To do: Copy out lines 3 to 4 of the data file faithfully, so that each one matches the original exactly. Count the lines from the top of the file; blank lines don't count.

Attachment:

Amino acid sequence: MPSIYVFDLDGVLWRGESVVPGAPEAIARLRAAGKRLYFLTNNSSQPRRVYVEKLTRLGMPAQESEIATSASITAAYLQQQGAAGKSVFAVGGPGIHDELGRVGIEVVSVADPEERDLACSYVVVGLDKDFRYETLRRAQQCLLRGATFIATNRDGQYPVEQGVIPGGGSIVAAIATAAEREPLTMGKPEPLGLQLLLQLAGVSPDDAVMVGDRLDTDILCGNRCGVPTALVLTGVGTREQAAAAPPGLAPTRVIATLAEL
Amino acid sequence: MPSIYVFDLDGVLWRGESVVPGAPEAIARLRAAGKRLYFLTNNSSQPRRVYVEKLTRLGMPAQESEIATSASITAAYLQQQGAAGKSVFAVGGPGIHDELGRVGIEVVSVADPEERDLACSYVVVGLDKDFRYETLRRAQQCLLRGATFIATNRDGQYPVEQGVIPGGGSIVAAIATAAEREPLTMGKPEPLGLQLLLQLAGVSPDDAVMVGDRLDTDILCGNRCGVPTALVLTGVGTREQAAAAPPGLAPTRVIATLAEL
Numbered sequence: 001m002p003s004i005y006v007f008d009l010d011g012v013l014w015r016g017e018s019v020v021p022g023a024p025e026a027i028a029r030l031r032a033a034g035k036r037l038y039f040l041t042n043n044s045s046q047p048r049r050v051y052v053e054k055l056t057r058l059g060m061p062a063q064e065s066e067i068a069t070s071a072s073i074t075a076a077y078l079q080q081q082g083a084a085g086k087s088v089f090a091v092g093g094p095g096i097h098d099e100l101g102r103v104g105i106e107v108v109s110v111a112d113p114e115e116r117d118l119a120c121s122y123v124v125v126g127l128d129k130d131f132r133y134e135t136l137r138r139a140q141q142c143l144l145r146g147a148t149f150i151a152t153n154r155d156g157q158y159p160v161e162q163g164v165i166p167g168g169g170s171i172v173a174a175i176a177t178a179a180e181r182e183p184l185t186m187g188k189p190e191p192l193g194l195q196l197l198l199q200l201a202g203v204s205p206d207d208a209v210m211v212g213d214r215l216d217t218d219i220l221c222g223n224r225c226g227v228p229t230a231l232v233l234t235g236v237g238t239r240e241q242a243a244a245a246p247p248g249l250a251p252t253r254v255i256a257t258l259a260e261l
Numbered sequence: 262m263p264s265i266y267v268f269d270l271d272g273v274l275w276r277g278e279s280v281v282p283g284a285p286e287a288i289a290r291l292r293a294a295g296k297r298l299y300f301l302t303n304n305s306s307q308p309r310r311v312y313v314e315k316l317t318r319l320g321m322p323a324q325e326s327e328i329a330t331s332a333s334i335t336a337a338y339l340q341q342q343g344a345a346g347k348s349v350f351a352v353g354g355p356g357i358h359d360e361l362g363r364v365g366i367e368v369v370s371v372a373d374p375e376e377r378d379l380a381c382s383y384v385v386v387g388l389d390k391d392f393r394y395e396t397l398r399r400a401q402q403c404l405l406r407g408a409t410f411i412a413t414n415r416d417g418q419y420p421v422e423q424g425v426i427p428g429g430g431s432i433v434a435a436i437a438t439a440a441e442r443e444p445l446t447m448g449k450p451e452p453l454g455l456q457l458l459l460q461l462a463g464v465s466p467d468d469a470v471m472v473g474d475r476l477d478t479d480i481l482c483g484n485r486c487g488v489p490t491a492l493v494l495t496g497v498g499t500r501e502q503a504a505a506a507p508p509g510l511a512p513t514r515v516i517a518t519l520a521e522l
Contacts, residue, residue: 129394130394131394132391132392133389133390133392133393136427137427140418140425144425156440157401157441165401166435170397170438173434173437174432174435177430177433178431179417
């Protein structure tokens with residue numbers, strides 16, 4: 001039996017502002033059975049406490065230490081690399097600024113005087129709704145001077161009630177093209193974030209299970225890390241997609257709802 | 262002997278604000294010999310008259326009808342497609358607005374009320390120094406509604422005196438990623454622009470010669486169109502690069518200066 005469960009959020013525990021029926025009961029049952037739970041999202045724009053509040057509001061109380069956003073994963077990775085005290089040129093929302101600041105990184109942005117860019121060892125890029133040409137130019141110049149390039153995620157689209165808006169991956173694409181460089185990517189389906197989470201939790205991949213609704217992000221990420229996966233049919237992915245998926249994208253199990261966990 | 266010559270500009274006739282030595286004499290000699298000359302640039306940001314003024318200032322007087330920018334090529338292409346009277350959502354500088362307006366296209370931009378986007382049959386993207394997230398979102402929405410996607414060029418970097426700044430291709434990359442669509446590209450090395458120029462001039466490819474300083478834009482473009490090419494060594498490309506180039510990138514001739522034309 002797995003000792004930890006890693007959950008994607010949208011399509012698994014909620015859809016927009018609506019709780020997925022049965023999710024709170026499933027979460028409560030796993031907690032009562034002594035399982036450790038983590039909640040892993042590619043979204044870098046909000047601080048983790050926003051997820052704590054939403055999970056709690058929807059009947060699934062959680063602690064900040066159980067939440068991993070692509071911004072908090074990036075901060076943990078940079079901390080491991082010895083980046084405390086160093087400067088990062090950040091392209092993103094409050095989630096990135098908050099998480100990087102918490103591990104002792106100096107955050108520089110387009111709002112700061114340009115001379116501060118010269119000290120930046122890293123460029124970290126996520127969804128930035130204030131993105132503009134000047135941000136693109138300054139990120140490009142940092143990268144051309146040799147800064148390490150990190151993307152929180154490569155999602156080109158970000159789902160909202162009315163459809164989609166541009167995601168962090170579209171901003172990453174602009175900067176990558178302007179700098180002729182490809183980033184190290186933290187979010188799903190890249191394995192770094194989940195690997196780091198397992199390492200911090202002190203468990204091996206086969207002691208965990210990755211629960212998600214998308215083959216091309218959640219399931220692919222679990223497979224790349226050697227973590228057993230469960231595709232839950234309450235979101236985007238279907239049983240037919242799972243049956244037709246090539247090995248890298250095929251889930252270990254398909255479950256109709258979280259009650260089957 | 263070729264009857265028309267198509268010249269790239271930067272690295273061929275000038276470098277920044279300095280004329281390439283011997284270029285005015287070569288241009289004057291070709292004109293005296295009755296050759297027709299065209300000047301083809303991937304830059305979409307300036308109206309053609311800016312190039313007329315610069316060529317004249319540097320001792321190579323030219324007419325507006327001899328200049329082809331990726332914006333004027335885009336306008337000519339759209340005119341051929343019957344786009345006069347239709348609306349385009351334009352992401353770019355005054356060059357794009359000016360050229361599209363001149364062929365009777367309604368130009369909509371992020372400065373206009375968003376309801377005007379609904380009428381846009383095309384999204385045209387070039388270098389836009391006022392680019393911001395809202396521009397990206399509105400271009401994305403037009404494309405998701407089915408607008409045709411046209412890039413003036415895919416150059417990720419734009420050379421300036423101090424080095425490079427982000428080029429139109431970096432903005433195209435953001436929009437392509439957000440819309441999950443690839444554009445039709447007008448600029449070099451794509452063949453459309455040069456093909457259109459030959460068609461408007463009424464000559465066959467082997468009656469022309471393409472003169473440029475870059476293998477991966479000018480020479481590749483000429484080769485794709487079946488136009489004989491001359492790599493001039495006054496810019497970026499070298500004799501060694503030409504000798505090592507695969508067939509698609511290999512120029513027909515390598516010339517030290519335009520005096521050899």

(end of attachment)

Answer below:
Numbered sequence: 001m002p003s004i005y006v007f008d009l010d011g012v013l014w015r016g017e018s019v020v021p022g023a024p025e026a027i028a029r030l031r032a033a034g035k036r037l038y039f040l041t042n043n044s045s046q047p048r049r050v051y052v053e054k055l056t057r058l059g060m061p062a063q064e065s066e067i068a069t070s071a072s073i074t075a076a077y078l079q080q081q082g083a084a085g086k087s088v089f090a091v092g093g094p095g096i097h098d099e100l101g102r103v104g105i106e107v108v109s110v111a112d113p114e115e116r117d118l119a120c121s122y123v124v125v126g127l128d129k130d131f132r133y134e135t136l137r138r139a140q141q142c143l144l145r146g147a148t149f150i151a152t153n154r155d156g157q158y159p160v161e162q163g164v165i166p167g168g169g170s171i172v173a174a175i176a177t178a179a180e181r182e183p184l185t186m187g188k189p190e191p192l193g194l195q196l197l198l199q200l201a202g203v204s205p206d207d208a209v210m211v212g213d214r215l216d217t218d219i220l221c222g223n224r225c226g227v228p229t230a231l232v233l234t235g236v237g238t239r240e241q242a243a244a245a246p247p248g249l250a251p252t253r254v255i256a257t258l259a260e261l
Numbered sequence: 262m263p264s265i266y267v268f269d270l271d272g273v274l275w276r277g278e279s280v281v282p283g284a285p286e287a288i289a290r291l292r293a294a295g296k297r298l299y300f301l302t303n304n305s306s307q308p309r310r311v312y313v314e315k316l317t318r319l320g321m322p323a324q325e326s327e328i329a330t331s332a333s334i335t336a337a338y339l340q341q342q343g344a345a346g347k348s349v350f351a352v353g354g355p356g357i358h359d360e361l362g363r364v365g366i367e368v369v370s371v372a373d374p375e376e377r378d379l380a381c382s383y384v385v386v387g388l389d390k391d392f393r394y395e396t397l398r399r400a401q402q403c404l405l406r407g408a409t410f411i412a413t414n415r416d417g418q419y420p421v422e423q424g425v426i427p428g429g430g431s432i433v434a435a436i437a438t439a440a441e442r443e444p445l446t447m448g449k450p451e452p453l454g455l456q457l458l459l460q461l462a463g464v465s466p467d468d469a470v471m472v473g474d475r476l477d478t479d480i481l482c483g484n485r486c487g488v489p490t491a492l493v494l495t496g497v498g499t500r501e502q503a504a505a506a507p508p509g510l511a512p513t514r515v516i517a518t519l520a521e522l